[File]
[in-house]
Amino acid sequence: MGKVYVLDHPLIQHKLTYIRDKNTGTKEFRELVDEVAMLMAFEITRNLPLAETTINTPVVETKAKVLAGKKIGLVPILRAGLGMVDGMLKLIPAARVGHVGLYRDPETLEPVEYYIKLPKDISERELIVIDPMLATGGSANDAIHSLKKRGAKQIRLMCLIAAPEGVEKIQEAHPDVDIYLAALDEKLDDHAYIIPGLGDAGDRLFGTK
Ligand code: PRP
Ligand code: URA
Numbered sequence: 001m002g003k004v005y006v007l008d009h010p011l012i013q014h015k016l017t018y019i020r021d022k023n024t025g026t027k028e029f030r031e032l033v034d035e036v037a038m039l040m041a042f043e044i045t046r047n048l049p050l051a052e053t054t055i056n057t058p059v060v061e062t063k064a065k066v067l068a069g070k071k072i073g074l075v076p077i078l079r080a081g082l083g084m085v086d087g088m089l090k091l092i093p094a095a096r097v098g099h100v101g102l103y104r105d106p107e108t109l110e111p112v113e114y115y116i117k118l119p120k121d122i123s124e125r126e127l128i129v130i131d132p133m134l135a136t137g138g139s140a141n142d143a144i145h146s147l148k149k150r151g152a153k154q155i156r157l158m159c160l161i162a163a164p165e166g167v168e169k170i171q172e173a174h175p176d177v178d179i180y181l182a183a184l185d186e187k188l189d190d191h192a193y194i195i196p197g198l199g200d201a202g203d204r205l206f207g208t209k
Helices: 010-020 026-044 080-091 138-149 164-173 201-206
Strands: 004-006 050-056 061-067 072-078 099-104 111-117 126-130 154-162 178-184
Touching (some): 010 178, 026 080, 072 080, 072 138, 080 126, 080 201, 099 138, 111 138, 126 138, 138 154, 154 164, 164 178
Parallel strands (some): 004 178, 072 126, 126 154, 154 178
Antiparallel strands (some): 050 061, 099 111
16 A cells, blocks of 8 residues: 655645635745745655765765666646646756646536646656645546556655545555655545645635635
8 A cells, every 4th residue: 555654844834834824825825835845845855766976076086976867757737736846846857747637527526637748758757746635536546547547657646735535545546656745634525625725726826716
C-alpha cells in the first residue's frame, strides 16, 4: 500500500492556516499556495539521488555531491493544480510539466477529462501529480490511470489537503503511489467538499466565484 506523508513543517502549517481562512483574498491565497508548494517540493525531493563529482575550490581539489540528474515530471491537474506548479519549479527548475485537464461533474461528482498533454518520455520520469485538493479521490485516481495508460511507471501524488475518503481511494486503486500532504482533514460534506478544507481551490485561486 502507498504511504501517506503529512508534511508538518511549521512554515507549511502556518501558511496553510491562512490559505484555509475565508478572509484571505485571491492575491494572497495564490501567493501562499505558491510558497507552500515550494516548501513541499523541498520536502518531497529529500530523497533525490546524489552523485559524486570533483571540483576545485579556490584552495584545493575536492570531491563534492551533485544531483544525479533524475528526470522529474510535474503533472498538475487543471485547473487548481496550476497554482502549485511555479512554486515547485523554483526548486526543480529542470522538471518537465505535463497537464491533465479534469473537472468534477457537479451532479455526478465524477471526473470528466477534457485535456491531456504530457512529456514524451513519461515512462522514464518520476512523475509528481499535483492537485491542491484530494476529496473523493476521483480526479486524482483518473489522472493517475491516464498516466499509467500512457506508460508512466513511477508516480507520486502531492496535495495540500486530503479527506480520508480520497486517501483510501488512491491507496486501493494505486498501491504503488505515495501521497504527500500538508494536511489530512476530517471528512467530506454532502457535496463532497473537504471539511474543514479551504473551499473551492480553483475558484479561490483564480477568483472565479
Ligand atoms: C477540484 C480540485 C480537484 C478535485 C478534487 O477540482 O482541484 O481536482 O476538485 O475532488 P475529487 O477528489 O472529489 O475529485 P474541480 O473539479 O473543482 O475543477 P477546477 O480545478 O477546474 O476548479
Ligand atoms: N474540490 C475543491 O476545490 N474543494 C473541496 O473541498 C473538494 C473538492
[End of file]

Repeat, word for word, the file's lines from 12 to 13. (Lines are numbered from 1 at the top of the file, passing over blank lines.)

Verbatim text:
8 A cells, every 4th residue: 555654844834834824825825835845845855766976076086976867757737736846846857747637527526637748758757746635536546547547657646735535545546656745634525625725726826716
C-alpha cells in the first residue's frame, strides 16, 4: 500500500492556516499556495539521488555531491493544480510539466477529462501529480490511470489537503503511489467538499466565484 506523508513543517502549517481562512483574498491565497508548494517540493525531493563529482575550490581539489540528474515530471491537474506548479519549479527548475485537464461533474461528482498533454518520455520520469485538493479521490485516481495508460511507471501524488475518503481511494486503486500532504482533514460534506478544507481551490485561486 502507498504511504501517506503529512508534511508538518511549521512554515507549511502556518501558511496553510491562512490559505484555509475565508478572509484571505485571491492575491494572497495564490501567493501562499505558491510558497507552500515550494516548501513541499523541498520536502518531497529529500530523497533525490546524489552523485559524486570533483571540483576545485579556490584552495584545493575536492570531491563534492551533485544531483544525479533524475528526470522529474510535474503533472498538475487543471485547473487548481496550476497554482502549485511555479512554486515547485523554483526548486526543480529542470522538471518537465505535463497537464491533465479534469473537472468534477457537479451532479455526478465524477471526473470528466477534457485535456491531456504530457512529456514524451513519461515512462522514464518520476512523475509528481499535483492537485491542491484530494476529496473523493476521483480526479486524482483518473489522472493517475491516464498516466499509467500512457506508460508512466513511477508516480507520486502531492496535495495540500486530503479527506480520508480520497486517501483510501488512491491507496486501493494505486498501491504503488505515495501521497504527500500538508494536511489530512476530517471528512467530506454532502457535496463532497473537504471539511474543514479551504473551499473551492480553483475558484479561490483564480477568483472565479